(Scout Tufankjian)

CPJ Highlights: February edition

Press freedom in the US–and what CPJ’s doing about it

CPJ continues to advocate for journalists and press freedom in the United States. In a February 25 op-ed published in The New York Times titled “Trump is damaging press freedom in the U.S. and abroad,” CPJ Executive Director Joel Simon argued that the U.S. administration’s attacks on the media undermine “trust by sowing confusion and uncertainty about what is true” and do damage outside the United States, “where America’s standing as a global beacon of press freedom is being drastically eroded.”

Over the weekend, our deputy executive director, Robert Mahoney, spoke on CNN about reporters being barred from a February 24 press secretary briefing, among other issues, and to Democracy Now! about the global effects of U.S. President Donald Trump’s actions against the press. Mahoney told The Guardian that such attacks do not help CPJ’s work “trying to deal with countries like Turkey, Ethiopia, or Venezuela, where you have governments who want nothing more than to silence and intimidate the press.”

When Trump tweeted that the media “is the enemy of the American people,” we joined in on the hashtag #NotMyEnemy that began making the rounds on social media. We also published a short video featuring 11 journalists who lost their lives in the past 25 years in pursuit of the news. The video reached more than 110,000 people and was viewed over 42,000 times. You can see it here.

CPJ works hard to document each violation of press freedom, both in the United States and globally. On February 1, as U.S. Senator Marco Rubio spoke at a Senate session to consider the nomination of Rex Tillerson for Secretary of State, he cited CPJ data on journalists killed and imprisoned around the world in 2016. “Ultimately … as champions of human rights, they need the information to expose abuses and call for reforms,” Rubio said. “Without independent journalists, without information, tyrants and dictatorships can get away with so much more.”

CPJ spoke to many of the U.S. journalists now facing charges, including criminal trespassing and rioting, in connection with their coverage of protests against the Dakota Access Pipeline. Two of the journalists said they were strip searched at the time of their arrest. It was “humiliating,” one said. On February 17, CPJ published a blog with a sidebar that details each journalist’s case. Court hearings for two of the journalists are scheduled for the first week in March.

Tweet: Without a free press, few other human rights are attainable. Support CPJ today!

Unprecedented risks to the press require a new approach

(Scout Tufankjian)
(Scout Tufankjian)

In February, CPJ published a special report, “The Best Defense: Threats to journalists’ safety demand fresh approach,” illustrating the ways in which the world has become more dangerous for journalists. The report follows the announcement in late 2016 that CPJ created an Emergencies Response Team to promote and advance journalist safety worldwide.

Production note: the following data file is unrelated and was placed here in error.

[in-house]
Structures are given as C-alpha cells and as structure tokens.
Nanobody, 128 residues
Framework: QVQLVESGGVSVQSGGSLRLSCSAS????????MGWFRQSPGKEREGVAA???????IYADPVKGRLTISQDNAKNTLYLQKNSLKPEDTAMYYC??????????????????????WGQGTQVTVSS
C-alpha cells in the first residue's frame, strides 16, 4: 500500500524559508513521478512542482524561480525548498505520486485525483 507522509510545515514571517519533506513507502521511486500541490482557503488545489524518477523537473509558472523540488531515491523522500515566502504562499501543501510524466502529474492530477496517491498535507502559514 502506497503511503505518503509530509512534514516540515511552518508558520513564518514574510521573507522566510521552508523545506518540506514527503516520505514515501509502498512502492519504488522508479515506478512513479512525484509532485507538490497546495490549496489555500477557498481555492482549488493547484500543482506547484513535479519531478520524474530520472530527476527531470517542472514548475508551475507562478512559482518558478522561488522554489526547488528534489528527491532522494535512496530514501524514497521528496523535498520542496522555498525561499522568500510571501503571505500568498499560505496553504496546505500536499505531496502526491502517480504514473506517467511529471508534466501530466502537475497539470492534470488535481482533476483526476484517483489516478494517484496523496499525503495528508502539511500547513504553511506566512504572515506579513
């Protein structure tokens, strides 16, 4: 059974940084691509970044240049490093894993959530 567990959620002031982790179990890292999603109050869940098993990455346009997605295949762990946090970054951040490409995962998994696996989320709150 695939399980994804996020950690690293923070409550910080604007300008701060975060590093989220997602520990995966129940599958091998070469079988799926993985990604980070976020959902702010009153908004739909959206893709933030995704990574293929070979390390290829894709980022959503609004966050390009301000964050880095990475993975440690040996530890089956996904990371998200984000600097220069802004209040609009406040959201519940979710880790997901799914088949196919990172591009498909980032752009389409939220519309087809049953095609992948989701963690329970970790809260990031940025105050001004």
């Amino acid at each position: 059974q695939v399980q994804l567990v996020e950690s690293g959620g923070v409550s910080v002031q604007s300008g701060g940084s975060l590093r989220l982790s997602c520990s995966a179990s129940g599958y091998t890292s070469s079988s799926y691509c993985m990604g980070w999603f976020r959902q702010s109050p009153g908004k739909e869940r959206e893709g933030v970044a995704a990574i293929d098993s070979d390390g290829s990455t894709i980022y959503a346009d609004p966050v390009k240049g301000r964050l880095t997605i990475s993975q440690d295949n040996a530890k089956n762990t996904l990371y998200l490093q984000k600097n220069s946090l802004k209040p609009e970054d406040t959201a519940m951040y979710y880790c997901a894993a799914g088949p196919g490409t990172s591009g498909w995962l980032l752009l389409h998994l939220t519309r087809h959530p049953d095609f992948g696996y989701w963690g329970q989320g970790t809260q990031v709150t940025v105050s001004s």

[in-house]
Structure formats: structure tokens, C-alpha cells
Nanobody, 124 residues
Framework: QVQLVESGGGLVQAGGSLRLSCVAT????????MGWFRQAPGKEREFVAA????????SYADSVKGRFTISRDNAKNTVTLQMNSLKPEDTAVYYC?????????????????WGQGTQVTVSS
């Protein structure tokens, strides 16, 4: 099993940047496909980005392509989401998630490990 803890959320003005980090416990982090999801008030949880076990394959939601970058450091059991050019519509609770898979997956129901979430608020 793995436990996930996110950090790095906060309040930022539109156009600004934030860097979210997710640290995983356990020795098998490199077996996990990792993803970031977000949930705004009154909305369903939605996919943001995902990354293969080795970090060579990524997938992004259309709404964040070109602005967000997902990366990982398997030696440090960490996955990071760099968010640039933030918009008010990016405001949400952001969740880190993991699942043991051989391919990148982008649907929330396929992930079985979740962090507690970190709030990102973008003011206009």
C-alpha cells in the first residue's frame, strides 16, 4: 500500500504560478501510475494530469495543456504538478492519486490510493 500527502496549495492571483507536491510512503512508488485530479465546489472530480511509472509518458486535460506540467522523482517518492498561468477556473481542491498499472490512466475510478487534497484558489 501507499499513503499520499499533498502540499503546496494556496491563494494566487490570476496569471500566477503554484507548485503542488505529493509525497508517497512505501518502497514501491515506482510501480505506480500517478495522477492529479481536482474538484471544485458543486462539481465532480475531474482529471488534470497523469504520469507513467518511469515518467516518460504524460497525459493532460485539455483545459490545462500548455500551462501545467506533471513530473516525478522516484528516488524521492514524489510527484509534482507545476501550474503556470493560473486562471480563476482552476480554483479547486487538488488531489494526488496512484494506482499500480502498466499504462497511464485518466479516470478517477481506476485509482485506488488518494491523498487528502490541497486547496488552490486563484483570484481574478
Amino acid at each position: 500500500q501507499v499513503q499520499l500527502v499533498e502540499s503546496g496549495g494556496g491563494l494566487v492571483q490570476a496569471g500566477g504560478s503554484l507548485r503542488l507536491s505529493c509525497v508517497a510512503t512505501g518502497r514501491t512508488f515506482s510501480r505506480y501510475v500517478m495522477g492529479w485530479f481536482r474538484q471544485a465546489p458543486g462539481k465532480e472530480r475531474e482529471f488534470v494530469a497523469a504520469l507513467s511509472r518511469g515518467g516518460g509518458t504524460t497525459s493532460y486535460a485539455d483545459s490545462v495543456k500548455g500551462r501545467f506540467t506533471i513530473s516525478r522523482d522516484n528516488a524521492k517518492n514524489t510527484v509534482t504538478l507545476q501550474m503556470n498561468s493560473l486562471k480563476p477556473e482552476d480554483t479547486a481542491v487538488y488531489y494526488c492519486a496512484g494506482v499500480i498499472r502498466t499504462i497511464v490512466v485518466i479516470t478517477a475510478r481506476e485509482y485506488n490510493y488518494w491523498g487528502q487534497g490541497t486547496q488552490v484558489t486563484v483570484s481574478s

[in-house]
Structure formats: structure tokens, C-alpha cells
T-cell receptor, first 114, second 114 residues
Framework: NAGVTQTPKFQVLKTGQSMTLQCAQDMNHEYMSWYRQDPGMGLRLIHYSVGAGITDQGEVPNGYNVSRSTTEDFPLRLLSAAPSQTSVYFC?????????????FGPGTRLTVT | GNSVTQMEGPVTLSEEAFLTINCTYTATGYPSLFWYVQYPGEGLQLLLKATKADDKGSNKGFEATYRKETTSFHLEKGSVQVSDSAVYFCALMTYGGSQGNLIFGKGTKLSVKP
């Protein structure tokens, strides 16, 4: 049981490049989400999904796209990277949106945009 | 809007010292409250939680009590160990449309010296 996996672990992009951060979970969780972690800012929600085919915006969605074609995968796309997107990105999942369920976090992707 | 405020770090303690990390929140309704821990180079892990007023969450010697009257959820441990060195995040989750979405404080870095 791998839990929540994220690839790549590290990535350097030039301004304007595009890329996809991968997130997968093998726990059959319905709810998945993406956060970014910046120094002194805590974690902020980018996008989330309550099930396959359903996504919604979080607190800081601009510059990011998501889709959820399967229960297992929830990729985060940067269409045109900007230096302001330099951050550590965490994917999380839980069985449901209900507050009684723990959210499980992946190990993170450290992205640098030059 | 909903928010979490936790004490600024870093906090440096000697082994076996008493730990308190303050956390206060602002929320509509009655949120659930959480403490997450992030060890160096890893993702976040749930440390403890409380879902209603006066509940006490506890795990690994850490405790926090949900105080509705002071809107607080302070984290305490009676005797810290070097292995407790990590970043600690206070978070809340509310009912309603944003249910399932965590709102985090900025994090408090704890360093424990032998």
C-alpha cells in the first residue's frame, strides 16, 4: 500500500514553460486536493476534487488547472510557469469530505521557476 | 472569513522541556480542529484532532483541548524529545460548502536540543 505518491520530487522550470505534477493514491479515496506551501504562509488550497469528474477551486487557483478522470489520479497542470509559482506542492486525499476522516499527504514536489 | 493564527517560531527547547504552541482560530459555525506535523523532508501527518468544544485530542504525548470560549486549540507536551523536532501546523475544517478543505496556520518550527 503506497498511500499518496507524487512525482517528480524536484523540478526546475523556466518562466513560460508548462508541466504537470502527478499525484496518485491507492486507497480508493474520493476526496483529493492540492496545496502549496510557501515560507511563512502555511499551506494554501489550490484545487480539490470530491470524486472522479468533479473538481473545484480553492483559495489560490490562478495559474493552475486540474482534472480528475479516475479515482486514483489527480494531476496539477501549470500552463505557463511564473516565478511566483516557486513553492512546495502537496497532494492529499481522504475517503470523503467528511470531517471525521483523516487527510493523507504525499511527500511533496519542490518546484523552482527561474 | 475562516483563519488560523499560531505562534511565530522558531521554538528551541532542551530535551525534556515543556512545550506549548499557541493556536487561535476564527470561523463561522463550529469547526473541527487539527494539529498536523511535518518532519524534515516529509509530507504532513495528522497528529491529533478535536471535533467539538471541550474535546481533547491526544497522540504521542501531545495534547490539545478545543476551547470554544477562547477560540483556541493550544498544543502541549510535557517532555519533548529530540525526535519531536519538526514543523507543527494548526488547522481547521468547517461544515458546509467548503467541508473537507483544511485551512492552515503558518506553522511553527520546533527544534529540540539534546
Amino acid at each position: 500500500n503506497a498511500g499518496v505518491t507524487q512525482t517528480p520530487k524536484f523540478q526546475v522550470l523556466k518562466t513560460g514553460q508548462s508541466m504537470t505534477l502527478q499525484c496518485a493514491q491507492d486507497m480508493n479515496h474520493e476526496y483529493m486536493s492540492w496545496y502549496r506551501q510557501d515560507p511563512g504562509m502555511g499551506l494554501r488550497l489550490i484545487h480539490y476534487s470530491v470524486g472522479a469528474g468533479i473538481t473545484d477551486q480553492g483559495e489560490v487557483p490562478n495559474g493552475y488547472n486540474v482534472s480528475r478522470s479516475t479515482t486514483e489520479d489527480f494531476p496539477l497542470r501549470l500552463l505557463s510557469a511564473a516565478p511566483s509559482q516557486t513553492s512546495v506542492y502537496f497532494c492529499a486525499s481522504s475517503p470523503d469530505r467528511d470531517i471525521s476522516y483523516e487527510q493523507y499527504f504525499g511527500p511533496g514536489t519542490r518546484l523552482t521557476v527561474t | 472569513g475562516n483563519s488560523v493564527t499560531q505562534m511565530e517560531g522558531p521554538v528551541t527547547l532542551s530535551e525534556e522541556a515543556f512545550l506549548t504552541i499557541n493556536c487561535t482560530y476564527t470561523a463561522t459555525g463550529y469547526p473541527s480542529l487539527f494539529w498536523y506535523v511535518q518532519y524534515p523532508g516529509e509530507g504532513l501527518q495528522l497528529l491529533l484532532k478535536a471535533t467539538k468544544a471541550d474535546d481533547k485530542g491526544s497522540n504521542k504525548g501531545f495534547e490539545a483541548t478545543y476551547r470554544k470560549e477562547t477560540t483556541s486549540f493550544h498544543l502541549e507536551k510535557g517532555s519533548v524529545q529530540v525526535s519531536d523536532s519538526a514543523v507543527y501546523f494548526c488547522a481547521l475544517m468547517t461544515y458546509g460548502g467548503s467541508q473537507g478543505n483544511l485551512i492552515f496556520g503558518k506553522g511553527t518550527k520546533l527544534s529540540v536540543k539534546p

While reporting on wars and natural disasters is dangerous, the rise of insurgent and criminal groups around the world has posed an unprecedented risk to journalists. In August and September 2014, the world was horrified by the videotaped killings by Islamic State of U.S. journalists James Foley and Steven Sotloff. Since then, public awareness of the risks of reporting has increased, yet the dangers continue.

“I did go into conflict without training,” said one American journalist who recalled working alone in Cairo because he didn’t know better. “It was scary. I didn’t think it all through.”

CPJ’s Emergencies Response Team provides comprehensive, life-saving support to journalists working around the world through up-to-date safety and security information and rapid response assistance. For more on CPJ’s Emergencies Response Team, click here.

Tweet: For tips on journalist safety, check out the new #CPJEmergencies report!

Meeting with the UN Secretary General to urge journalist safety

David Callaway, board nominee for president of the World Editor's Forum, RSF Secretary-General Christophe Deloire, UN Secretary-General António Guterres, and CPJ Executive Director Joel Simon meet to discuss journalist safety. (Twitter)
David Callaway, board nominee for president of the World Editor’s Forum, RSF Secretary-General Christophe Deloire, UN Secretary-General António Guterres, and CPJ Executive Director Joel Simon meet to discuss journalist safety. (Twitter)

This month, CPJ’s executive director, Joel Simon, joined Reporters Without Borders Secretary-General Christophe Deloire to meet with United Nations Secretary General António Guterres to discuss the #ProtectJournalists campaign to appoint a UN Special Representative for the safety of journalists. Secretary-General Guterres pledged to the delegation that he would take action.

“As journalists around the world are increasingly under attack physically and verbally, it is encouraging and gratifying to have this kind of support from the Secretary-General,” said CPJ’s Simon. “We look forward to working with him to move this commitment forward.”